For various reasons, being a non-smoker for one, I seldom mingled with these sorts of students when I was in high school. However, soon after high school ended and when the walls of clicks and social groups came tumbling down, I quickly learned that most of the interesting and creative people who attended my school were of this ilk.

Compelled by boredom and a pathetic need to make up for my idiotic high school social prejudices, I decided to get to know this group of kids outside my door.

Because I didn’t have the balls to step out of my apartment wearing only a bathrobe and barge into their fortress of smoke and attitude with a pitcher of lemonade and say, “Hey youngsters, how’s about a little refreshing beverage and a chat?” I decided to come up with a much more passive and what I hoped to be cooler method of approach.

My approach was to get up early one morning - before the pre-first period smoke - and place a simple cardboard box where the majority of students seemed to gather. Inside the box was a piece of paper, a notebook, and a couple of pens. On the piece of paper I had written down a quote from a Tom Robbins book I was reading at the time followed by a simple request for them to comment on what they thought of the quote and any other ideas they had about life, poetry, art, religion, school or other.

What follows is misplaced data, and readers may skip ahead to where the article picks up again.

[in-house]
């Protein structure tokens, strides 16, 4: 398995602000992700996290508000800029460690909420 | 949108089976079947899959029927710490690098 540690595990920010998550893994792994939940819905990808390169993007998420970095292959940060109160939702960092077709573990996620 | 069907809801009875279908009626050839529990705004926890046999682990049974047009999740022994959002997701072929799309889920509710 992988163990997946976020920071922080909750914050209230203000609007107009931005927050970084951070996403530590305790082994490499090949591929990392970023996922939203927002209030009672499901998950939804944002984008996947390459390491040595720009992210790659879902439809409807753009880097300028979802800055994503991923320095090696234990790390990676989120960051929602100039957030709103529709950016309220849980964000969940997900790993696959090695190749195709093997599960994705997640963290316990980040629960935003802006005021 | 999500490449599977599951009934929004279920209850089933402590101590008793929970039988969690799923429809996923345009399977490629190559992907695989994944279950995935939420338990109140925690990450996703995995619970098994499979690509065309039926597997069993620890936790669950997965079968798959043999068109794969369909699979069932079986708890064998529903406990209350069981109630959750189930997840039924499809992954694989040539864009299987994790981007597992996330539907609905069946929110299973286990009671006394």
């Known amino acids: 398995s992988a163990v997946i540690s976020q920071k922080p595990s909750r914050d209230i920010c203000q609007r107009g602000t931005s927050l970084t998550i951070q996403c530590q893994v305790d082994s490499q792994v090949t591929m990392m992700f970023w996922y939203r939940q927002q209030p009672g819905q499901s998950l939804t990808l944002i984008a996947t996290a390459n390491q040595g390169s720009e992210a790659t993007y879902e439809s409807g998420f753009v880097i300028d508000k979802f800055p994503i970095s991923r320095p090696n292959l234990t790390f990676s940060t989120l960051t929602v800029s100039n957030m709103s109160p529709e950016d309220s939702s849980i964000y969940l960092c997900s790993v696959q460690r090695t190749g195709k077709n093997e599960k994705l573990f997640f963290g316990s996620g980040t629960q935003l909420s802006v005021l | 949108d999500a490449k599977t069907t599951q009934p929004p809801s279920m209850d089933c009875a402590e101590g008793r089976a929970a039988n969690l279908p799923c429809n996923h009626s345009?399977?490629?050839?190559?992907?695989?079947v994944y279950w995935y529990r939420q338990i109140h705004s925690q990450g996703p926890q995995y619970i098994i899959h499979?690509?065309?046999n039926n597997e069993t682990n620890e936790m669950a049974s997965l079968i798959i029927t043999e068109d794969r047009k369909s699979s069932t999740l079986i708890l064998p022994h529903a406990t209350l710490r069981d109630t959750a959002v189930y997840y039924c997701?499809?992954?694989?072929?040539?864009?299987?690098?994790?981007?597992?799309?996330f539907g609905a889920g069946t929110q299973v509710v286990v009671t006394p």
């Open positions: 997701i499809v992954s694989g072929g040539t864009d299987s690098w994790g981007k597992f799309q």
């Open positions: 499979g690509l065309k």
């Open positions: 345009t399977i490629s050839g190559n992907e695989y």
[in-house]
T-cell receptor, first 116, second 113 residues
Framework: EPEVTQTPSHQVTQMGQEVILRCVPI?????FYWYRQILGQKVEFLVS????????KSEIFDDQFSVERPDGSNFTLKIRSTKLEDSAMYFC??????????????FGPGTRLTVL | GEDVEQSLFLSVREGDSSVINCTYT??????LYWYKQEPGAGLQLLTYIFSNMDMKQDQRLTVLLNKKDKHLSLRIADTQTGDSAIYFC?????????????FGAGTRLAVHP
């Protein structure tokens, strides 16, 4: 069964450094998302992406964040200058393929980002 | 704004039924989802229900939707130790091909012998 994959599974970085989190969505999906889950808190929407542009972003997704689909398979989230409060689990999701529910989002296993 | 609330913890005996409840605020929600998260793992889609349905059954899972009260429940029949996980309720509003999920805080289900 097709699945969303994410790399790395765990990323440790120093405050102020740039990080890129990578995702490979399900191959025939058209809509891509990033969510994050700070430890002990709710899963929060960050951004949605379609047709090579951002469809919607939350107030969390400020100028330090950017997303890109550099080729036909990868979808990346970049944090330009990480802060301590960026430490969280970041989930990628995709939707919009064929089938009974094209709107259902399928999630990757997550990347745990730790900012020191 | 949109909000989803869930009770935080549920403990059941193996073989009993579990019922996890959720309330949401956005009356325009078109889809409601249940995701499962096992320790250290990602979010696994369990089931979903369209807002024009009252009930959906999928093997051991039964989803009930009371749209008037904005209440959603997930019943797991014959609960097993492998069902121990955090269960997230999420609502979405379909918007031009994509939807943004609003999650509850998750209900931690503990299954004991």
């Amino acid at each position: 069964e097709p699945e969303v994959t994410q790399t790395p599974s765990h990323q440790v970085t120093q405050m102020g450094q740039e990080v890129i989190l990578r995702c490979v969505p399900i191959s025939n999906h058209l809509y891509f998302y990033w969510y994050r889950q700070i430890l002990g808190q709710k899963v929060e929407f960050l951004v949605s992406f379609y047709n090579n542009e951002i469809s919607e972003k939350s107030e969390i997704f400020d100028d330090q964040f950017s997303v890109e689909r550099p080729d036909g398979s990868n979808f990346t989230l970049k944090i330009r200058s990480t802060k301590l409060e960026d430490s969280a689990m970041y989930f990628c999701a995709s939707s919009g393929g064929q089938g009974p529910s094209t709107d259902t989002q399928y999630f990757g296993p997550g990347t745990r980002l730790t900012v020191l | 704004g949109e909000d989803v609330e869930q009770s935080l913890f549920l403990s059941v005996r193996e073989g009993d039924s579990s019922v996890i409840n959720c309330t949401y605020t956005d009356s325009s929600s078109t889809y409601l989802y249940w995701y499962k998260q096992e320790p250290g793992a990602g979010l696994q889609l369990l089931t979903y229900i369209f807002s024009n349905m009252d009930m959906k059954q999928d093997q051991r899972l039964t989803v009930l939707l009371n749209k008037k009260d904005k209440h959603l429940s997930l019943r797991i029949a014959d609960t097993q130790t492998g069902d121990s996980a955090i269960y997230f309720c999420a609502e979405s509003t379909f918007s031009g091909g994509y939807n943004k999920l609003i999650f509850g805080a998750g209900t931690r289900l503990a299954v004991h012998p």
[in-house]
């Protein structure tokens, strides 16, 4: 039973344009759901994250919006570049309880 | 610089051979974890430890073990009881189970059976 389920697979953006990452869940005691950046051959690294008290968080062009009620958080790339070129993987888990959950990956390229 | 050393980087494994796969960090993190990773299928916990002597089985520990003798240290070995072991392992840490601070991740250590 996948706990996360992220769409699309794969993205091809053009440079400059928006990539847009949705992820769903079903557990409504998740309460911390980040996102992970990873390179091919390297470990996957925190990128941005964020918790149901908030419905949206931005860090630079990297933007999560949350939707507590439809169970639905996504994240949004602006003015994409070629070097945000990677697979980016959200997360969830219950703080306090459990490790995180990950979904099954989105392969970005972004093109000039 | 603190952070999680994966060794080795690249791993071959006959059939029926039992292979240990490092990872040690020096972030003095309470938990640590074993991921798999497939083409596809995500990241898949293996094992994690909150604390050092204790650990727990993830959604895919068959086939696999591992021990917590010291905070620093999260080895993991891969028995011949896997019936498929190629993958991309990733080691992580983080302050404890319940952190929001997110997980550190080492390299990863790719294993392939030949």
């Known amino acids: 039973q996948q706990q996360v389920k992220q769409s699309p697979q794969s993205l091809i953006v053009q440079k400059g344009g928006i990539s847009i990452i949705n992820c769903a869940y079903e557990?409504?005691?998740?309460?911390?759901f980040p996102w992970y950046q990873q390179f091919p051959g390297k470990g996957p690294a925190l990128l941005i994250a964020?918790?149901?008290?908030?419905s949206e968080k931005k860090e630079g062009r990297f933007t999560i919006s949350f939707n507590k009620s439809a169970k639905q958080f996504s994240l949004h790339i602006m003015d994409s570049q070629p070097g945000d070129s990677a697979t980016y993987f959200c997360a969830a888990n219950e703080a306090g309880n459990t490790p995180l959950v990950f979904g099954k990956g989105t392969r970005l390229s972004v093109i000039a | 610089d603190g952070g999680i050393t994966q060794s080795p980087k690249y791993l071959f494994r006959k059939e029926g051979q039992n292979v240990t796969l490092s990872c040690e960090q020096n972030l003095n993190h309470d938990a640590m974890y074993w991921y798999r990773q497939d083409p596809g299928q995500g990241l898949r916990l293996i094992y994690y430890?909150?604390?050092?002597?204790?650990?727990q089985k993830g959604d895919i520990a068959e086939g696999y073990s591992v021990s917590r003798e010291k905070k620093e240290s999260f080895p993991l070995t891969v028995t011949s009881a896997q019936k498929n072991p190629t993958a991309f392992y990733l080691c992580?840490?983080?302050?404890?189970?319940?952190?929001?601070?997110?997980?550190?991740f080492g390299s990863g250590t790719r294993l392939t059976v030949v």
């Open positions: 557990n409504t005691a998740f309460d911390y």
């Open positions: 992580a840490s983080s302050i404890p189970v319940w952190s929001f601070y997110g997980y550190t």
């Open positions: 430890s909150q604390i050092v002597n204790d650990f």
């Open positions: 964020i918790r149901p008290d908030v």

To my surprise, that evening when I went to fetch the box, I discovered a pile of papers inside. At first I thought the students had just decided to save themselves the walk across the street to the trash bin and dumped all their unwanted school print-outs into my box. But upon further examination, I realized that these were hand written pages.

I quickly took the box back to my apartment and began going over each page meticulously. I was amazed at what I found - real, honest responses to the questions I had posed. In addition to the responses, there were original poetry samples, drawings, and short stories. After my initial shock of actually finding responses, I was surprised by the openness and eloquence of the content on the pages. There were thoughts that I remembered having while in high school and questions that shuttered in my mind but that I never could articulate or, God forbid, share with anyone else, especially not an anonymous stranger.

For the next week, I continued to get up early and leave the box outside with a new set of quotes or ideas to ponder along with specific questions or comments about what the kids left inside.

The students had cleverly given themselves alias to disguise their true identities, most probably for fear that this was a ploy by one of their teachers. Unfortunately, I can no longer recall the names or even the specifics of the content left in the box. However, as an example of the level of activity, I do remember one particular kid, who called him or herself The Nile, who left nearly fifty pages of poetry during the first week, decent poetry too.